Seafarers honour the late Gwen Bush
Three government ministers, along with representatives from the Ministry of Education, the Scholarship Secretariat, the Seafarers’ Association and the family of the late Gwen Bush, gathered at the George Town Library on 10 February to witness the signing of a Memorandum of Understanding to offer a new yearly scholarship that would bear her name.
Ms Bush was responsible for recruiting and processing men to go to sea during the golden age of seafaring in the Cayman Islands.
The Gwen Bush Memorial Scholarship, which started as a dream for Seafarers’ President Cardinal Da Costa, became reality when he approached Education Minister Rolston Anglin with the idea. The two agreed that in addition to the new academies being named after the four most prominent ships built in the Cayman Islands, this would be a fitting way to commemorate Ms Bush, as well as to revive ship building, which was a major part of life here. Not long after, an announcement was made at a Seafarers’ Association General Meeting that the government, the Seafarers’ Association and the Cat Boat Association would be coming together to offer an annual grant, similar to traditional scholarships, but this particular offer is for those who aspire to pursue the area of ship building.
A representative from both associations will sit on the interview panel for the scholarship, which will offer recipients up to $20,000 per year.
“The Cayman Islands were renowned the world over for the ships that were built here. This legacy is extremely important to who we are and one that we need to revive among our people,” said Minister Anglin, who added that, “When we tell children that there was a time when ships were built here that were as long as their school hall, the look of amazement on their faces is something to behold. This was extremely important for us to do, and the minute I heard of the idea, it resonated with me. Ever since I was a little boy I would hear about Ms Gwen.”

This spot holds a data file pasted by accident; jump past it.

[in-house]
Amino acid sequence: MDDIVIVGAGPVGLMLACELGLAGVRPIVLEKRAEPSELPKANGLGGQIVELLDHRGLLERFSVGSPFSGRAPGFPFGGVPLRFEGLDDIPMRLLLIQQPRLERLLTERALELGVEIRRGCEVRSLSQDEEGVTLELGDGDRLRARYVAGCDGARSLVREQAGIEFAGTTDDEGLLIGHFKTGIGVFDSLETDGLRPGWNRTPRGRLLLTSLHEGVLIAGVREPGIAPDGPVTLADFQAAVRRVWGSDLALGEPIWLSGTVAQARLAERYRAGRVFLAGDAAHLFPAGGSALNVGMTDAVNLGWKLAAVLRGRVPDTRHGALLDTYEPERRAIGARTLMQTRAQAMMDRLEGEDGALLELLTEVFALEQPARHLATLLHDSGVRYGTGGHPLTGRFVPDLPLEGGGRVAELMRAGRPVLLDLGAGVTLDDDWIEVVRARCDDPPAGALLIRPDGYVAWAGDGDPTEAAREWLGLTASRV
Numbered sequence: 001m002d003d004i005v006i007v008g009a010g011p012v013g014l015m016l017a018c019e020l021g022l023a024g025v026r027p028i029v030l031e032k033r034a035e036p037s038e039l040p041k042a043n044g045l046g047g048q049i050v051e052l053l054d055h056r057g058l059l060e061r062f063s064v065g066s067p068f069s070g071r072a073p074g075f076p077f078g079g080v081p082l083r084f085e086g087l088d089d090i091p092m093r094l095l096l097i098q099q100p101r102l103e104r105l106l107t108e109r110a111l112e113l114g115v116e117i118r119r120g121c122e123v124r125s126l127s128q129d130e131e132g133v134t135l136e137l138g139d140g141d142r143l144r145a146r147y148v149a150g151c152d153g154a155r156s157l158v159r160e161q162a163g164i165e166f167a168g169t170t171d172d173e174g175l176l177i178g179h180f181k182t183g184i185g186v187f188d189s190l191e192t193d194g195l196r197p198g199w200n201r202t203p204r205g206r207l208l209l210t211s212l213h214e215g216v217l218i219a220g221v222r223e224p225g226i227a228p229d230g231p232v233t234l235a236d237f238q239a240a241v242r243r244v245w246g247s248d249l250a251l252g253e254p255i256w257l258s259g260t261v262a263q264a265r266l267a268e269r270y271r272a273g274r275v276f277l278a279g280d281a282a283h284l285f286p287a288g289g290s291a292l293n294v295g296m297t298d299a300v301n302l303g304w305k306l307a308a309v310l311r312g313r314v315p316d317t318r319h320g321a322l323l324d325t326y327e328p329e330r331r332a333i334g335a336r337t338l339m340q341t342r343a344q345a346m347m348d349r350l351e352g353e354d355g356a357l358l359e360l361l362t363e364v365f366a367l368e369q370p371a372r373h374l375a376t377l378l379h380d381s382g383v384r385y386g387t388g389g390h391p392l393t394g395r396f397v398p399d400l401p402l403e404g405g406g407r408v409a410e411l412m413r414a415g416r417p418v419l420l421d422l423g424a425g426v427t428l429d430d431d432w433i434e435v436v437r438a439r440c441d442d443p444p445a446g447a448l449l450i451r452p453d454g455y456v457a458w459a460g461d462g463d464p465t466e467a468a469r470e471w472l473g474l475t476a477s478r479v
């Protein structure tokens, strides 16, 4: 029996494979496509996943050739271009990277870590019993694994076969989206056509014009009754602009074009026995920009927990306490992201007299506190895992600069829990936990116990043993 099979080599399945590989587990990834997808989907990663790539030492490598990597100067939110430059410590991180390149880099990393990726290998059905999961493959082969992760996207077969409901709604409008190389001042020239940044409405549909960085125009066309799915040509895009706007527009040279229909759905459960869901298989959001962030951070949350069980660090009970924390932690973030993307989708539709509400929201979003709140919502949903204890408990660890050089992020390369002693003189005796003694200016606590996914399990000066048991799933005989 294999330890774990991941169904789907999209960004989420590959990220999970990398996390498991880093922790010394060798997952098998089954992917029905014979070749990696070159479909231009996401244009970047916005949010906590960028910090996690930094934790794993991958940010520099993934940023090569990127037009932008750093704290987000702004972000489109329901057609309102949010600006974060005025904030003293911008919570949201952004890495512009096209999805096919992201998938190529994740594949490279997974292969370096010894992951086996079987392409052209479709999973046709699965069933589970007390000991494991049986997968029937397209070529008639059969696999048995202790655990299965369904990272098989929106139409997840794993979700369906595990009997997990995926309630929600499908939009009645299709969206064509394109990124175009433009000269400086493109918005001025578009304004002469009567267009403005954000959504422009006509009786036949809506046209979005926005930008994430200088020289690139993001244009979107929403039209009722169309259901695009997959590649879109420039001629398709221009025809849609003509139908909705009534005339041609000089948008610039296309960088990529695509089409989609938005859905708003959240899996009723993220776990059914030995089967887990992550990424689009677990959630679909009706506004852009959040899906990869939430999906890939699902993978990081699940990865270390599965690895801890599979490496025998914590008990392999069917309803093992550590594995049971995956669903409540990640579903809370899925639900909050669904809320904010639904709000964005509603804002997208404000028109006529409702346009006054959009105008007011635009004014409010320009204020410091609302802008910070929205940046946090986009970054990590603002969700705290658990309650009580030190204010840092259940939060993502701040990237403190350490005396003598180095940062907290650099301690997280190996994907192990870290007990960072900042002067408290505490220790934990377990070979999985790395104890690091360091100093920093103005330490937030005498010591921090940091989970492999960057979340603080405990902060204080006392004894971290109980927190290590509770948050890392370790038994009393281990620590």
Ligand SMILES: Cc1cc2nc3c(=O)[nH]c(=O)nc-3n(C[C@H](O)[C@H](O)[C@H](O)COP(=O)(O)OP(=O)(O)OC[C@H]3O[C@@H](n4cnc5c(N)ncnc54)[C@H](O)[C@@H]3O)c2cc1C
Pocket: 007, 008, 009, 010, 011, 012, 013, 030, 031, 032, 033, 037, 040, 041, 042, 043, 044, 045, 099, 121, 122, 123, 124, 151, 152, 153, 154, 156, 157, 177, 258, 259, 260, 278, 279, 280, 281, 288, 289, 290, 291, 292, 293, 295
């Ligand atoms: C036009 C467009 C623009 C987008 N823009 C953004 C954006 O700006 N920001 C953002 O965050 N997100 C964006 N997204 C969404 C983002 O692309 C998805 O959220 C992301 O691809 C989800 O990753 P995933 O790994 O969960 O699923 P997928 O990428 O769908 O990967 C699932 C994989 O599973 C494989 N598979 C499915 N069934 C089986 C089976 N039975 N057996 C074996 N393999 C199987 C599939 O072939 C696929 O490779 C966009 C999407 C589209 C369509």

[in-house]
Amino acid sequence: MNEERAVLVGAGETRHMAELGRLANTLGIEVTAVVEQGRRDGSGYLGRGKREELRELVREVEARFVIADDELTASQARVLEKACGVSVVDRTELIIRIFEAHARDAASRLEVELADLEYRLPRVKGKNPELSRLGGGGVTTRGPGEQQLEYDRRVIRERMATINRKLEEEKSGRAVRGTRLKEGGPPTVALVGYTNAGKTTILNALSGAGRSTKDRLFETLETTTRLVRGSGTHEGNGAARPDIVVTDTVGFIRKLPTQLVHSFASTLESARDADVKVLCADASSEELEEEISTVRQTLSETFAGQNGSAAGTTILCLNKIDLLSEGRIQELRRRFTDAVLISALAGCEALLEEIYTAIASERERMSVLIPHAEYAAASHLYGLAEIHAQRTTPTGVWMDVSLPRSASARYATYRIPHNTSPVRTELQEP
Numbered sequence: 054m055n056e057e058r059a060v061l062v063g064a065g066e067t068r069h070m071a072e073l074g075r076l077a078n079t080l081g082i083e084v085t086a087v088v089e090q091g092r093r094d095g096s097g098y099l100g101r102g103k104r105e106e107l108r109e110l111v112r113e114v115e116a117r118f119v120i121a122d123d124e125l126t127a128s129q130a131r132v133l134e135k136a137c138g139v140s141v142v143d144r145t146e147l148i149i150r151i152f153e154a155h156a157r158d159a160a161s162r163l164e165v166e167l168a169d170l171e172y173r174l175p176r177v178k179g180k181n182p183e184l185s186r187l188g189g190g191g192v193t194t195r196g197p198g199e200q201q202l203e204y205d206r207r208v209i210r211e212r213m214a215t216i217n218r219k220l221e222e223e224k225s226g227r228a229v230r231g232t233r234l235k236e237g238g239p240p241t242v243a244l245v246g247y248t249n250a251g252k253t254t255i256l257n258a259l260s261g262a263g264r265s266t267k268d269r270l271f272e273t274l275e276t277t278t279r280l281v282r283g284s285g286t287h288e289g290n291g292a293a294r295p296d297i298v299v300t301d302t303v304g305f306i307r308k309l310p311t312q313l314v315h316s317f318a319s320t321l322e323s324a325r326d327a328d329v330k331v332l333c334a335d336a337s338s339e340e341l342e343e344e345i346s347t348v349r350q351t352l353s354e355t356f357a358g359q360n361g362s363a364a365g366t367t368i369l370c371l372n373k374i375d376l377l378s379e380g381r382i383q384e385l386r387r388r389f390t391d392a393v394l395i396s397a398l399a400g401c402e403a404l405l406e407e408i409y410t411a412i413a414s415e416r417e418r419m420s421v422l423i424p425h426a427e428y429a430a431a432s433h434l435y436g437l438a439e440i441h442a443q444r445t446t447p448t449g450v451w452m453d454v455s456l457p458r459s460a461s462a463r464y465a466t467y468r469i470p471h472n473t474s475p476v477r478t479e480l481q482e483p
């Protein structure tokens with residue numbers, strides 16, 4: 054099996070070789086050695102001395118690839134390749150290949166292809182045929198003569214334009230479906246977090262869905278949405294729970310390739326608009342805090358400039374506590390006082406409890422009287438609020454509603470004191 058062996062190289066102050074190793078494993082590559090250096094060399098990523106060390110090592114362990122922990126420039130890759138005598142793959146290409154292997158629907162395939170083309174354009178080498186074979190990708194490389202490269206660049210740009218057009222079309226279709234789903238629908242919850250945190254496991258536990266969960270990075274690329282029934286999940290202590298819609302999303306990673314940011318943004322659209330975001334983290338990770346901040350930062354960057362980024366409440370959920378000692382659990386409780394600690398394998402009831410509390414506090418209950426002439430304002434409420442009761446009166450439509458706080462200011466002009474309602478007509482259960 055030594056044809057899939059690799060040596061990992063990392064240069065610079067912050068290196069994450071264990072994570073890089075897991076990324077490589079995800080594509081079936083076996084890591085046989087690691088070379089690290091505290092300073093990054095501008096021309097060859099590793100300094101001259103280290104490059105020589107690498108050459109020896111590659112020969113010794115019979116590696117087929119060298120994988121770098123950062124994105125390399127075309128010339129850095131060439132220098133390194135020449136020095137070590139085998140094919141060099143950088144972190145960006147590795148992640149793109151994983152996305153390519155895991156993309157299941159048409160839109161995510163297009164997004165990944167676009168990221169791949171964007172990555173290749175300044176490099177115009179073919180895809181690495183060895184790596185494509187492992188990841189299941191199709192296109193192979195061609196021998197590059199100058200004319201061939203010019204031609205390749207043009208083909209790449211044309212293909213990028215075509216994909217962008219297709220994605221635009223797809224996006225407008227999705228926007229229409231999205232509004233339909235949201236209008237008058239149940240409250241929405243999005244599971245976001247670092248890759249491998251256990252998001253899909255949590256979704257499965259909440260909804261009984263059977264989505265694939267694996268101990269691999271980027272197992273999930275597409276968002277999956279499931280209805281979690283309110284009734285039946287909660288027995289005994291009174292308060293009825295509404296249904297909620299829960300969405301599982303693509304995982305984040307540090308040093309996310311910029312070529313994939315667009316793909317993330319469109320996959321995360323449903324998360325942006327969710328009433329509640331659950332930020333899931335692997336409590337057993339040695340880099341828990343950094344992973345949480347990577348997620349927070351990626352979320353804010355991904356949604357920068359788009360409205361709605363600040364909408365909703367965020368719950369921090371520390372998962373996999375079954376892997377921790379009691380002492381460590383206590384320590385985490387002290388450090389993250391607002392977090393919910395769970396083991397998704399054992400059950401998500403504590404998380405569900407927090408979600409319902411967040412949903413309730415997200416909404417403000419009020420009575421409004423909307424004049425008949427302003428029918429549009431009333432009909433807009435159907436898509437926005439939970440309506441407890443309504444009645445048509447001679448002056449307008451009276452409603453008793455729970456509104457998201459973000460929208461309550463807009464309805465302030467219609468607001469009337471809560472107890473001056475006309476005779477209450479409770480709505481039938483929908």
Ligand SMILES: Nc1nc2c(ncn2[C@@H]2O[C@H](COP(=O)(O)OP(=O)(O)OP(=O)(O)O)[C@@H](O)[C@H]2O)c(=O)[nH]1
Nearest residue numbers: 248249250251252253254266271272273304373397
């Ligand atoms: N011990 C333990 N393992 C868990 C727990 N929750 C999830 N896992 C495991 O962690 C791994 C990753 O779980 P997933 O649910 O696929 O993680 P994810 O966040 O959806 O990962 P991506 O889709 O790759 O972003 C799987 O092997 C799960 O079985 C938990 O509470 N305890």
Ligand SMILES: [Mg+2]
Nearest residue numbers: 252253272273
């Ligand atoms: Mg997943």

The Memorandum of Understanding to launch the Gwen Bush Memorial Scholarship is part of a historical, cultural and historical milestone, said Deputy Premier Juliana O’Connor Connolly, who thanked the Mr. Anglin for his foresight and the speed with which the scholarship undertaking came together.
“It is a good marriage with a young minister, who can bridge our history with our present generation. Seamen built the Cayman Islands and the stipend they each receive is a token of gratitude. This is another step in that progression,” she said.
Hope for return of schooners
Also on hand for the morning’s event was Minister for Housing Mike Adam. He said he hoped the day would come when schooners were built in Cayman once again.
“The Western Union, a popular schooner in Key West, was actually built here in the Cayman Islands. It is still sailing, and I have heard that it is now for sale. It would be great if we could bring her back home. It is a pity what happened with the Goldfield.”
Mr. Adam added that he would love to see a ship building museum one day.
John Bodden, the son of Ms Bush, told those on hand that the occasion was quite an honour.
“My mother was a special person who believed in hard work. Your reward was your pay. She would always say that fame and fortune go as fast as they come, but a good education is forever,” he said.
He and his wife Nancy, as well as his brother Dave, received a copy of the MOU for posterity.
President of the Seafarers’ Association Hartman Da Costa, thanked Mr. Anglin and said it was a dream come true to get the scholarship together. He invited everyone to visit the Seafarers’ Hall to learn more about their heritage.
President of the Cat Boat Association Jerris Miller said it gave him a lot of pride to be involved with the scholarship, as he had had the privilege of knowing Ms Bush personally.
He also guaranteed that boat building would happen in the Cayman Islands once again.
Mr. Miller’s son, Ned J. Miller, is the first recipient of the scholarship and is currently attending the International Yacht Restoration School.